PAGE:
Jerry Saltz

Jerry was pleasantly surprised by Sarah Jessica Parker during the crit.

on Nov 3, 2011

On to the taping: I love this week’s challenge. Each artist is asked to respond to a work of art made by a child (on hand in the studio) with one of his or her own. This simple challenge works wonders, lifting all the contestants out of their comfort zones. Iffy artists step up; good ones get better; bad ones bottom out. I later learn that this challenge was SJP’s idea, and that she linked the show up with the extraordinary Studio in the School art program.

The scenes of artists at work in their studios are revealing. Not knowing what to do, Sara J. asks her kid, “Have you ever heard of exquisite corpse?” (I can only imagine what the kid was thinking.) I totally love it when Michelle asks whether she’s allowed to touch them -- meaning the kids, not the art. When her inner ghoul talks to her child about “swans pecking people’s eyes out,” I really perk up. I dig Lola and Young’s discomfort with their children. Young jumps the conceptual-art shark, asking his child, “Would you mind if I abstracted your idea?” Lola stares at her kid like it’s an alien (generally my mode of behavior in these situations). Some artists go gaga. Schoolteacher Dusty is a natural. Kymia somehow gets her reticent kid to spin an elaborate backstory for her drawing, and ends up rocking the house with a wonderful Grimm’s fairy tale foray into fantasy, horror, overeating, and innocence.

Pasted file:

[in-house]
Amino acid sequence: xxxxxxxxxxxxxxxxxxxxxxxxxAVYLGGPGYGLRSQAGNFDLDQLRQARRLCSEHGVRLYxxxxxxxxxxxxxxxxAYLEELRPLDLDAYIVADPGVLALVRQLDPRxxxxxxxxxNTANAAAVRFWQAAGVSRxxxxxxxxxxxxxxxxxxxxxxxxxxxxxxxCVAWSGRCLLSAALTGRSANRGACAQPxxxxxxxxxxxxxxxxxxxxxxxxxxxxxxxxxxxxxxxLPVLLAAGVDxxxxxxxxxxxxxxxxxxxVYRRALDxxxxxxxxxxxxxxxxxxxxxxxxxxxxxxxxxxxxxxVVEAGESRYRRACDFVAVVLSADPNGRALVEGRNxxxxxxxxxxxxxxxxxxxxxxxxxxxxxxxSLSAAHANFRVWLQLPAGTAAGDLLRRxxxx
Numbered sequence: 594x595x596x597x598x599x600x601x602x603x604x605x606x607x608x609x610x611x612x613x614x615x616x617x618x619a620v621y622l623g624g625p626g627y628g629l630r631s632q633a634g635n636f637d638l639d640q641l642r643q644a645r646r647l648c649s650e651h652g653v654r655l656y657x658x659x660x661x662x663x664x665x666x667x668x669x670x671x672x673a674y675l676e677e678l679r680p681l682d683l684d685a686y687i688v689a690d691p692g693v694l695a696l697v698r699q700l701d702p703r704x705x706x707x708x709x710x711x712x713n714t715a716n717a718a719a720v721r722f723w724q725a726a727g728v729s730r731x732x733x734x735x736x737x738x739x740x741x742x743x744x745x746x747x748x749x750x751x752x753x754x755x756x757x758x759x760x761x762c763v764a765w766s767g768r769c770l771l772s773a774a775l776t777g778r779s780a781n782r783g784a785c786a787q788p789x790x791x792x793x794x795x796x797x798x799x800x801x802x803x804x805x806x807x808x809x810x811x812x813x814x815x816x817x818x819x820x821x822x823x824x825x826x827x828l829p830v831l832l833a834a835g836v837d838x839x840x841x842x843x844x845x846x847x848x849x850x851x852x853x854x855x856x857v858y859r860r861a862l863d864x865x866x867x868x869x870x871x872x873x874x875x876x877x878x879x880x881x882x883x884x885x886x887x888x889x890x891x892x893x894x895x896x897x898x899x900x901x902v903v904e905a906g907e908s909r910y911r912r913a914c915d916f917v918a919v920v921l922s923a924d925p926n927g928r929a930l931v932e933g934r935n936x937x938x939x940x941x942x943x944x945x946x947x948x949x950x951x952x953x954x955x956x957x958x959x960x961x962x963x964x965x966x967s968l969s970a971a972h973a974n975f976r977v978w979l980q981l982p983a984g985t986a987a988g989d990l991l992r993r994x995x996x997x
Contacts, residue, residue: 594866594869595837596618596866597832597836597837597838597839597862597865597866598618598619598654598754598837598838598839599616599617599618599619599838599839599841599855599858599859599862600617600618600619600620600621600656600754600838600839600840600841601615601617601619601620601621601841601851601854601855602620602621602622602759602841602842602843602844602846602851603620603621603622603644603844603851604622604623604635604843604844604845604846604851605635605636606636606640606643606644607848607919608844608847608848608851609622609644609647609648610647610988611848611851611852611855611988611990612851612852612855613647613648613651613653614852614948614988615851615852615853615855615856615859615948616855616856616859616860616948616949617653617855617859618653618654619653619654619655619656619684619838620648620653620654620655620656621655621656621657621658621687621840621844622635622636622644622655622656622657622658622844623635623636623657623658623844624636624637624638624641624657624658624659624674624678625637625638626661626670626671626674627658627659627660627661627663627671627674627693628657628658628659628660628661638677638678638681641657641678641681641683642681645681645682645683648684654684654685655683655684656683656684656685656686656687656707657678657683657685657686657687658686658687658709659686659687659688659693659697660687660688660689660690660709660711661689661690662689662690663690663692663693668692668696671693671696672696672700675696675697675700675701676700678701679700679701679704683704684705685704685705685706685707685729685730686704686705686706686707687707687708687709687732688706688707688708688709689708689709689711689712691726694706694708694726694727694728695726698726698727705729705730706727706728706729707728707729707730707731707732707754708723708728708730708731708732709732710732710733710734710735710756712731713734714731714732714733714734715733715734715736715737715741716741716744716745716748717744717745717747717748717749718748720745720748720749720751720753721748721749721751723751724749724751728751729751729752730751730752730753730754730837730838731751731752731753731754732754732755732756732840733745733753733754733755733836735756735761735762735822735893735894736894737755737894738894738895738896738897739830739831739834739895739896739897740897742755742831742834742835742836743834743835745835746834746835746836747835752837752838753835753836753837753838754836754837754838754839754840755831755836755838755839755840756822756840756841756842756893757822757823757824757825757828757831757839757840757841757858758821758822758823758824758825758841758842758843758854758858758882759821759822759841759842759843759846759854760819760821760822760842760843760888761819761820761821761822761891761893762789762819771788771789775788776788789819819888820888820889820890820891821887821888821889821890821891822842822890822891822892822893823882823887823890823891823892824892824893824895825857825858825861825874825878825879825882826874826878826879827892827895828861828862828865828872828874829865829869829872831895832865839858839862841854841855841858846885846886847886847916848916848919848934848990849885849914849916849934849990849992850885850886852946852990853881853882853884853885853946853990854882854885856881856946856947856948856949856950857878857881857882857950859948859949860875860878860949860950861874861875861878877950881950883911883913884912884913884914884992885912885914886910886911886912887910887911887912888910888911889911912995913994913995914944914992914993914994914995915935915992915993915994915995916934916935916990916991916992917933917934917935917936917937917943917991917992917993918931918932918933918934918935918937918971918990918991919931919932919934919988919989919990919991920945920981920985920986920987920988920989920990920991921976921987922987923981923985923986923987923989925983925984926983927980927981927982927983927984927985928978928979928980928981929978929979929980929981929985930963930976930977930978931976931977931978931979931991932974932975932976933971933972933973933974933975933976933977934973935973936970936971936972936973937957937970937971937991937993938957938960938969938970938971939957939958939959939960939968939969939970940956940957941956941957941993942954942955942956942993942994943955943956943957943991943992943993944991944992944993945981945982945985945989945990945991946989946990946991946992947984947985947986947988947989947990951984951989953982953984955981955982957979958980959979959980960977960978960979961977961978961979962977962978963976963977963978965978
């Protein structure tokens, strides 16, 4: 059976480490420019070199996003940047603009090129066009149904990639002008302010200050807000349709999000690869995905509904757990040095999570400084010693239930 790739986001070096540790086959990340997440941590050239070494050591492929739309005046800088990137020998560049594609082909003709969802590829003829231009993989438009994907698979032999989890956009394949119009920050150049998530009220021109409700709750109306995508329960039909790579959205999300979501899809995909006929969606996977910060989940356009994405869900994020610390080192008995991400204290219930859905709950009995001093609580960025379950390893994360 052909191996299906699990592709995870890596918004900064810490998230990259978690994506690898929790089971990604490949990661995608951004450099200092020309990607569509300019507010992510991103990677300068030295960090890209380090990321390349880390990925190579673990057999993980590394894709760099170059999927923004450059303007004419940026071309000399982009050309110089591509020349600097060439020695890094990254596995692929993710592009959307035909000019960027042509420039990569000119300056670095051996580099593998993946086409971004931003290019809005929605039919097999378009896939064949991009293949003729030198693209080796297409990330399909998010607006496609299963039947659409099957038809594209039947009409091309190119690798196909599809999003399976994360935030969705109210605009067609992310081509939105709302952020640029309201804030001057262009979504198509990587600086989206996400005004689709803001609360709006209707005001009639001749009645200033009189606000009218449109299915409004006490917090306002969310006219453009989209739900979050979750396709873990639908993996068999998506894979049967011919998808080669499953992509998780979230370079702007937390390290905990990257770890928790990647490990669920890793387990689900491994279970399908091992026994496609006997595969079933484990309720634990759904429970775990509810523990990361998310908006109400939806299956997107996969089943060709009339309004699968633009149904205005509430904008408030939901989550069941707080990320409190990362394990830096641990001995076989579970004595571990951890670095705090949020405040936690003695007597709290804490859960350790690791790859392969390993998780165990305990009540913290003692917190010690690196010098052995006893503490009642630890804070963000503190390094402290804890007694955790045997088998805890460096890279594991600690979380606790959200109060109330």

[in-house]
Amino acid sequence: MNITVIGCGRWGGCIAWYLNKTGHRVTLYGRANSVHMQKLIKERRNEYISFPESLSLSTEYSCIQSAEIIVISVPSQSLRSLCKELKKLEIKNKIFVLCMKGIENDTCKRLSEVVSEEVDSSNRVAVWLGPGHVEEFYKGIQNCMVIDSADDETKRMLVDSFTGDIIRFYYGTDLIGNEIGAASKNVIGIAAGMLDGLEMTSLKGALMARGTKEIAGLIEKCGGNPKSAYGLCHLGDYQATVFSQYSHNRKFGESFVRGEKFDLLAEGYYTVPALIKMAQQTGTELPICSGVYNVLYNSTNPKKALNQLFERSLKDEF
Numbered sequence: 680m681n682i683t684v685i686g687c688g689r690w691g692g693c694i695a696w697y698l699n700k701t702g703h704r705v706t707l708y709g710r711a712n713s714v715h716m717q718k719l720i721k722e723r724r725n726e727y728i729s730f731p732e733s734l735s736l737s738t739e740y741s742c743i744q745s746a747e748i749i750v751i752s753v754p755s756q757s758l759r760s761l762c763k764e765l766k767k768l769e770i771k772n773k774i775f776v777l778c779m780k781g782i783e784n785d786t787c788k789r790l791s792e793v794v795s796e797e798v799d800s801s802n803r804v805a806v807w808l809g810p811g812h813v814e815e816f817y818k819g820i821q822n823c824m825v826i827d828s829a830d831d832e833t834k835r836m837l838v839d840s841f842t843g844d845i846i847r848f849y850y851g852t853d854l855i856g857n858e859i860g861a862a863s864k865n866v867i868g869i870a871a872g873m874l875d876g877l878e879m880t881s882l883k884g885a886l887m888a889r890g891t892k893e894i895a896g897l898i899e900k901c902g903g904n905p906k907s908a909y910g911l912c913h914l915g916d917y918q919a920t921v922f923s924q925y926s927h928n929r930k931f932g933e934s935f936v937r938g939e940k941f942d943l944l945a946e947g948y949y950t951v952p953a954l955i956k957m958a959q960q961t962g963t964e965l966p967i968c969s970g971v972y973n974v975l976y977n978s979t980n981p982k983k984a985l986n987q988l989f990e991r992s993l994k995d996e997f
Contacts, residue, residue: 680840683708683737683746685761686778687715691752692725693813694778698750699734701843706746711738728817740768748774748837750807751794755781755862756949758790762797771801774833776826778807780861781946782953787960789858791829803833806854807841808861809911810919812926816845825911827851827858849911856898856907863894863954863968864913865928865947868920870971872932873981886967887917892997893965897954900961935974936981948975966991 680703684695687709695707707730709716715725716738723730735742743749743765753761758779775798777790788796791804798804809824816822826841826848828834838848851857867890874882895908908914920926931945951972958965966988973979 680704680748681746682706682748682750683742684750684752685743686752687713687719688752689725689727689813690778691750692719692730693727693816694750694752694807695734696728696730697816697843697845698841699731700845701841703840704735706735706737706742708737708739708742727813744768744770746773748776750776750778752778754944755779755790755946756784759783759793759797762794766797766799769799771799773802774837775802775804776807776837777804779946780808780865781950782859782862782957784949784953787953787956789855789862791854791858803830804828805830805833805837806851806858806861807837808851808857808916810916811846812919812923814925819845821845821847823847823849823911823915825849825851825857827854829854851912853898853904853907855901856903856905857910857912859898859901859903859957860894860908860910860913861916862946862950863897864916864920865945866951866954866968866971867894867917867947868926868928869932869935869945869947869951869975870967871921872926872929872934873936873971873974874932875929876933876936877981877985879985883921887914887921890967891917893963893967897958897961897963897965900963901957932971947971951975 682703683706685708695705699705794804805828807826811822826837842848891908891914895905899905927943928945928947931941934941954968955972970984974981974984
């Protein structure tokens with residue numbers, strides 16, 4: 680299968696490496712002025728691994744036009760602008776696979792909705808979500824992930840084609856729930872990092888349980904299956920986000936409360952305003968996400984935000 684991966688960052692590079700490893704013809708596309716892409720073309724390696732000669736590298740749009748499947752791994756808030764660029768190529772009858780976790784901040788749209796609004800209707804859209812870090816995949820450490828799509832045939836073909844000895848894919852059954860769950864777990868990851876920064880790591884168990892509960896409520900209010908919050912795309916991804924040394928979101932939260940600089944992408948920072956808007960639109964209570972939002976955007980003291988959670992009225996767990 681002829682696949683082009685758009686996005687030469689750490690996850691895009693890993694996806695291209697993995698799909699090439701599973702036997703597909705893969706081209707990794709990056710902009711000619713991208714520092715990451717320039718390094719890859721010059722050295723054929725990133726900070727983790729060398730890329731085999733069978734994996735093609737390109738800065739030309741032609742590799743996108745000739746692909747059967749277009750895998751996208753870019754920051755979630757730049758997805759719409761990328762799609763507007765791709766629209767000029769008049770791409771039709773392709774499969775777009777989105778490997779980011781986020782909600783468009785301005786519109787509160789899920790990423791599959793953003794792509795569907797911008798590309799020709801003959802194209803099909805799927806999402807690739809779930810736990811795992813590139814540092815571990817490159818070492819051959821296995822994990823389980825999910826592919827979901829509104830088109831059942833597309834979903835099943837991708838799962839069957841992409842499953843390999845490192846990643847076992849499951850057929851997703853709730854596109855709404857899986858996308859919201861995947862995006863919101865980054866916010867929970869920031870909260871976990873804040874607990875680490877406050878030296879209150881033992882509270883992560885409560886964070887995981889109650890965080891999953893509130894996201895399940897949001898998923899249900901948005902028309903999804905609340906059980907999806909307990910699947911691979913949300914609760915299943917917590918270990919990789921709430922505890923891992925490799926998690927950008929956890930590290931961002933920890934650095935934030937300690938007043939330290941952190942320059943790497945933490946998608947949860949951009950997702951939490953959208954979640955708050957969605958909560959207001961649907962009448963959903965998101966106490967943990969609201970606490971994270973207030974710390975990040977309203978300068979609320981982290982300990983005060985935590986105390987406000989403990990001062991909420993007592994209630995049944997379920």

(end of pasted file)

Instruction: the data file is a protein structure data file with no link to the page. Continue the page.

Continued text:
God help me, I even find myself sweet on Sucklord, who for one second drops his act and shows his inner sap, saying of his kid, “She’s just like me, a little super-villain.” Maybe this is why Lola says, “Even a Sucklord can be cute.” Speaking of Lola: gigantic fame alert! She tells the camera that, while she was growing up, her mom dated Al Pacino for ten years. No wonder I sometimes think Lola’s chakras are easily stressed, and that may help to explain something that happens to her work this week. In the studio, she’s making a fantastic Henry Darger–style drawing that tells me she has a real way of lacing together drawing, imagination, inner life, and intricate ideas. Yet as soon as Simon says he doesn’t get what she’s doing, she begins again, just like that. Lola! Artists! You gotta know when to hold ‘em; know when to fold ‘em. Or whatever it is. Shaken, she makes a crappy pastel flower piece that, lucky for her, doesn’t get her voted off the island.